Washington has accused Iran of deceiving the international community and of harbouring a nuclear weapons program. Washington fears that once Iran owns nuclear weapons, it will sell them to terrorists and threaten the security of the United States and its allies. So, the Bush Administration is talking tough, considering options such as sanctions or régime change.

Meanwhile, the US will look to its Proliferation Security Initiative, launched by President Bush two years ago, to contain proliferation as an international mechanism to put pressure on Iran through interdictions of cargoes by sea and air.

Nuclear weapons technology

The Review in February 2005 reported that the US has imposed sanctions on seven Chinese firms suspected of selling nuclear weapons technology to Iran. The penalties, which will remain in place for two years, include a ban on trading with, and receiving assistance from, the US Government.

Two of the largest Chinese companies named by the US, China's North Industry Corporation (Norinco) and China Great Wall Industry, have been repeatedly penalised for violating various export controls. Both have close ties to the Chinese army.

Last June, a US congressional report said China was failing to curb the proliferation of missile technology, despite promises from the Chinese Government. The report suggested China's growing dependence on Middle East oil was the main reason.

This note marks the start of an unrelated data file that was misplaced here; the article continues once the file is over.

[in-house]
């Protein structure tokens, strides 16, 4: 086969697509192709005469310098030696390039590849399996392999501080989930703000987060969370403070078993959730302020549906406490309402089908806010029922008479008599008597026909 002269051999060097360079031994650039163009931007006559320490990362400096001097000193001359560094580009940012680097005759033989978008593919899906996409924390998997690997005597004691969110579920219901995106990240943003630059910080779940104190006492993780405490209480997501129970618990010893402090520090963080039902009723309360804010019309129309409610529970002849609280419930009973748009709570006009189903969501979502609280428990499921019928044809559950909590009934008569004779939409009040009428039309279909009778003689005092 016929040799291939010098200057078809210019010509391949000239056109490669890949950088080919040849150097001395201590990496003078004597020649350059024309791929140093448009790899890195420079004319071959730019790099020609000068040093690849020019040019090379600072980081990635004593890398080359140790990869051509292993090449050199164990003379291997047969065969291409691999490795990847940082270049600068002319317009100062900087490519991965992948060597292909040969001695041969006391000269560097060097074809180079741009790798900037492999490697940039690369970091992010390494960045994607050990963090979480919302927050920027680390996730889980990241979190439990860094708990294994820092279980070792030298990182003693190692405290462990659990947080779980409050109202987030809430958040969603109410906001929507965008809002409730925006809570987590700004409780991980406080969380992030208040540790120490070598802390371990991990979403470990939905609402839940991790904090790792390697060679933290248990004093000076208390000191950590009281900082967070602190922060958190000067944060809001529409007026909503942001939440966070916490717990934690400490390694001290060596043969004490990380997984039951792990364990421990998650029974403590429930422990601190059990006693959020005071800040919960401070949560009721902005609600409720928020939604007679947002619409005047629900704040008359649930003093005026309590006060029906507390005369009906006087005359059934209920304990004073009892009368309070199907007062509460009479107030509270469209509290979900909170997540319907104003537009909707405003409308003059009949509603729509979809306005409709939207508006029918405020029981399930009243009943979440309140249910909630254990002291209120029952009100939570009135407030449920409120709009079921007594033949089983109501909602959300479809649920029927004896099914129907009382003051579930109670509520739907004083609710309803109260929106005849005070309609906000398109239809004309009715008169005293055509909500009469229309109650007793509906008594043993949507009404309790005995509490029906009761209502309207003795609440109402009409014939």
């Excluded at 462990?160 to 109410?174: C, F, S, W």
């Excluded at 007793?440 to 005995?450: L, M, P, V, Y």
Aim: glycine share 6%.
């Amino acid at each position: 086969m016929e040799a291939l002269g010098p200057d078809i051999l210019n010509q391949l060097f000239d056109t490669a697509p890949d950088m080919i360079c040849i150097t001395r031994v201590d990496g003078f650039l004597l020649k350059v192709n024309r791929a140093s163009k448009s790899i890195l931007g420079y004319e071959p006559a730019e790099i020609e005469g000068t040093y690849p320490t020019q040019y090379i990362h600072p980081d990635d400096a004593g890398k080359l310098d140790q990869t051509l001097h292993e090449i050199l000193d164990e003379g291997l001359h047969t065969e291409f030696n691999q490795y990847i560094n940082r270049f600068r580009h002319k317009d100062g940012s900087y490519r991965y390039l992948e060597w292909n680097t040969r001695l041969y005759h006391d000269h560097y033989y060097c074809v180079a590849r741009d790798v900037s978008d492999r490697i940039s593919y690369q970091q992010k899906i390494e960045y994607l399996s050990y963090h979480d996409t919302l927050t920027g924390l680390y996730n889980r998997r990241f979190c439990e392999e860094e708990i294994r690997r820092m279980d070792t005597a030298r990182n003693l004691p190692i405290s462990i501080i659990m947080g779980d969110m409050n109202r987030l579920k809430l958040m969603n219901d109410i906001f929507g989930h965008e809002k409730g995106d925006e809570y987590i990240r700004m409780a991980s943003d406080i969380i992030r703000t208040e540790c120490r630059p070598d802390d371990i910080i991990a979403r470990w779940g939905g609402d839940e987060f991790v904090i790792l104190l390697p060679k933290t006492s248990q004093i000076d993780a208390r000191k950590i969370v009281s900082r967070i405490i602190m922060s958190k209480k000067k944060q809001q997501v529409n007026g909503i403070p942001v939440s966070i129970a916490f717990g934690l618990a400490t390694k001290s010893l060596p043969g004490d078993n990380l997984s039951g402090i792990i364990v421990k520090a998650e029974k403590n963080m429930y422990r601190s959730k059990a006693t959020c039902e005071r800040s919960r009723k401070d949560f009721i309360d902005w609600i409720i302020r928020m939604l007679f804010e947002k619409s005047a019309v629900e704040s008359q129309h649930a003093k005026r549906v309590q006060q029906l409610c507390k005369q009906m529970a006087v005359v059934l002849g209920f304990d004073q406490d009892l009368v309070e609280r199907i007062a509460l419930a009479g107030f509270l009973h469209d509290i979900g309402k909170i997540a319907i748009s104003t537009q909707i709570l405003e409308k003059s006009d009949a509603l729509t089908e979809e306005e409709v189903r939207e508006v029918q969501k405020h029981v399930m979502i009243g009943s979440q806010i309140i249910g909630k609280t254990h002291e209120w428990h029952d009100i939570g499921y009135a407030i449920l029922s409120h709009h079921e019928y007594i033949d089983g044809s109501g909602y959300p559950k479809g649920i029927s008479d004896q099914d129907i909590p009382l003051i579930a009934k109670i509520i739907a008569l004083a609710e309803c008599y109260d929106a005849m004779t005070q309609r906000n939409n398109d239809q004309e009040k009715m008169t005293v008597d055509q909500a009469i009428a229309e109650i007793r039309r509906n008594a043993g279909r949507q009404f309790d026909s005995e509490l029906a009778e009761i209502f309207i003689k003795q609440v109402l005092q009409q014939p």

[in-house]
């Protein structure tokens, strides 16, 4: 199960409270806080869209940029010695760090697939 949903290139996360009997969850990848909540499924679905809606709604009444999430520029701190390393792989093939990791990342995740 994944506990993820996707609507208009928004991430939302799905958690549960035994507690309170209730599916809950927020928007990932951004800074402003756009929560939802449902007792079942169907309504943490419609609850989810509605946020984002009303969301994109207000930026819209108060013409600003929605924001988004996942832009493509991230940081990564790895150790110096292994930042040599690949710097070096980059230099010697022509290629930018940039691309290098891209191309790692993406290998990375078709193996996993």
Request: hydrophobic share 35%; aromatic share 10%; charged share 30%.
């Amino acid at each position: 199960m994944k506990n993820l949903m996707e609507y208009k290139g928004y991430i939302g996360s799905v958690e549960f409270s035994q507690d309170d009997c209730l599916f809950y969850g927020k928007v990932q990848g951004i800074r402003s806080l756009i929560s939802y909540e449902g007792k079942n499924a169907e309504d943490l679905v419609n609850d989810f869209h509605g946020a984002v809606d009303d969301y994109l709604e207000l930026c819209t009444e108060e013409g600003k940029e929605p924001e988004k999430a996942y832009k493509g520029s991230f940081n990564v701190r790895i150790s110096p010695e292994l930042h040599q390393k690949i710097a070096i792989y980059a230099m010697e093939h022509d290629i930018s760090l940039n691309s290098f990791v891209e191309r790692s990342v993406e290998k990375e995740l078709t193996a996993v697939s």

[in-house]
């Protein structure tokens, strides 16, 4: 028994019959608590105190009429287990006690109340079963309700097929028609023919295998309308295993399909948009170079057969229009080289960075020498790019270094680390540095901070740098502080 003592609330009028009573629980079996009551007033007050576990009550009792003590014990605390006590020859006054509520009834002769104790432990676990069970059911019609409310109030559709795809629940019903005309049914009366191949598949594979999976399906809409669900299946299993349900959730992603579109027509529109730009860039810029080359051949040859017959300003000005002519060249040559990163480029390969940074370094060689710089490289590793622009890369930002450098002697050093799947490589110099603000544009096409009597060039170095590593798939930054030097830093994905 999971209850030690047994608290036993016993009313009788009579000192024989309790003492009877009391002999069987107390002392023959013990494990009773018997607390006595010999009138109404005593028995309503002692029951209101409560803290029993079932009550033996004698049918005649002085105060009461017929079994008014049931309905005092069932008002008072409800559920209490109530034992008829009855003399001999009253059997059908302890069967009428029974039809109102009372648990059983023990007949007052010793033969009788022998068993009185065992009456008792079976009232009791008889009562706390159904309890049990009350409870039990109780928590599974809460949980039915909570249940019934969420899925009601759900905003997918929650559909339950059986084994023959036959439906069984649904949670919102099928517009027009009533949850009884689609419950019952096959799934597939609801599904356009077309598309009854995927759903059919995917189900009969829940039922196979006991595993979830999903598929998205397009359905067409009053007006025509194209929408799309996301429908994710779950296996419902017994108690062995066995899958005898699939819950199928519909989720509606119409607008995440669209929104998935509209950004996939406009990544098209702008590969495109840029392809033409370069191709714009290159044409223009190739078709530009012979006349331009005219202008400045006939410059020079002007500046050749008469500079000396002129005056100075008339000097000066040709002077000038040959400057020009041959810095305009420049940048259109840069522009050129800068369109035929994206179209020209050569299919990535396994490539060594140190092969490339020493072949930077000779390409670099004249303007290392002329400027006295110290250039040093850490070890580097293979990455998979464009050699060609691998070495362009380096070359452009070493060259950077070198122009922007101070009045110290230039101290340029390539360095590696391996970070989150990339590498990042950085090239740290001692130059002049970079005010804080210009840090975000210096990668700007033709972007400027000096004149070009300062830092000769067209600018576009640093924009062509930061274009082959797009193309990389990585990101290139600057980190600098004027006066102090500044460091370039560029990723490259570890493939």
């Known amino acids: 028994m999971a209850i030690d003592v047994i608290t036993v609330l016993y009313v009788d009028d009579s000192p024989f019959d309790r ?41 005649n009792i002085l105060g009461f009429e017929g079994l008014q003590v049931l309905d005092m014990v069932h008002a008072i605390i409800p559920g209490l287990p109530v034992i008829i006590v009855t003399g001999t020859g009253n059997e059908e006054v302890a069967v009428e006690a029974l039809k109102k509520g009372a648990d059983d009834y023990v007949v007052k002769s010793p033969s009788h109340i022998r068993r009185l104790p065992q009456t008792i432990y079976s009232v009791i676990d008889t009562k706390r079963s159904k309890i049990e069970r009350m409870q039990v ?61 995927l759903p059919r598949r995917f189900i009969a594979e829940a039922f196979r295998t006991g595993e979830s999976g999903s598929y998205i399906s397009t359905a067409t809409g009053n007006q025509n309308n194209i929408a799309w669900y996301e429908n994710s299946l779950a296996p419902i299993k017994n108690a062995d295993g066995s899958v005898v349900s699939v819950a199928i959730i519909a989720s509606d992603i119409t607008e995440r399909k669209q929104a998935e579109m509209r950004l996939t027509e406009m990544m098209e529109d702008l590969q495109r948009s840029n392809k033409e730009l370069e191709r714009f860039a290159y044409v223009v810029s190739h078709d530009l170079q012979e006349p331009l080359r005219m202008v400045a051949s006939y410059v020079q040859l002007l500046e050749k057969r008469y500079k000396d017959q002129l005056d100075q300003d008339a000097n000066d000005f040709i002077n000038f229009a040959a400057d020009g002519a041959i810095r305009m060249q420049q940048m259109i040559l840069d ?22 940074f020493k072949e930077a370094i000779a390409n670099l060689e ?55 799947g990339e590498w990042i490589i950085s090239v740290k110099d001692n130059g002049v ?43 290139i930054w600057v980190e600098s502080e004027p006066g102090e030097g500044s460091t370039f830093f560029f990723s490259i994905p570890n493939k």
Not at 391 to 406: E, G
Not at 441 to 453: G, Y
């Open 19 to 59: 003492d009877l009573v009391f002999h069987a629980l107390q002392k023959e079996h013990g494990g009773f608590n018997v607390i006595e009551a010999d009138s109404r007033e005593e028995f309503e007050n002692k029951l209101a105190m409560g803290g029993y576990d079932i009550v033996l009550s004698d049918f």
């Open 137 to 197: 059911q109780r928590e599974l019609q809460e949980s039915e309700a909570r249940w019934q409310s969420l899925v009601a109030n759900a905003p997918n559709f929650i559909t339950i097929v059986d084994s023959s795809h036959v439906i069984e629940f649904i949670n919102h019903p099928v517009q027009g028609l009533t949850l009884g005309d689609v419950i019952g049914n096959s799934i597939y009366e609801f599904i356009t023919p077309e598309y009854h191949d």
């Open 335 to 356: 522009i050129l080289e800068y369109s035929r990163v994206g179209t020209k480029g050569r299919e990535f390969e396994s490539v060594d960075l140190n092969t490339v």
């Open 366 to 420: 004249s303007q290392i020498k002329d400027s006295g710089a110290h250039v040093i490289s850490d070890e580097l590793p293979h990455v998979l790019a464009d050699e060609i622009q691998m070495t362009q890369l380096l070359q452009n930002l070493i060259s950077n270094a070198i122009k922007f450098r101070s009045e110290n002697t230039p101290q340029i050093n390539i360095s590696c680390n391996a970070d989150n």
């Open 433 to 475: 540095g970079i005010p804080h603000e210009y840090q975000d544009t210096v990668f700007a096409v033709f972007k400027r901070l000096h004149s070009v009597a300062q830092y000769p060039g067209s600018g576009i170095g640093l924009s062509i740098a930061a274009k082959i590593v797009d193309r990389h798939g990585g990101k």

The European Union (EU), which has strong economic ties with Iran, is trying to negotiate with Iran to stop it developing nuclear weapons, and is advocating the necessity of a sustained dialogue to defuse the crisis. Like the EU countries, China has called for a peaceful resolution, rather than a military one, to resolve the Iran nuclear issue.

Zhang Yan, China's Ambassador to the UN, said on September 18, 2004: "The Iran nuclear issue should, and is completely able of being resolved within the IAEA's framework through dialogue, and China is opposed to referring the issue to the UN Security Council."

In the face of US pressure, Iran now feels that it should try its best to avoid diplomatic isolation, along with safeguarding its economic interests, by promising to halt its nuclear enrichment program.

On November 15, 2004, Iran signed an important nuclear agreement with the EU, pledging temporarily to stop all of its uranium enrichment, conversion, and reprocessing activities. In return, the Europeans have agreed to address Iran's security concerns and expand commercial exchanges. The IAEA has endorsed the agreement.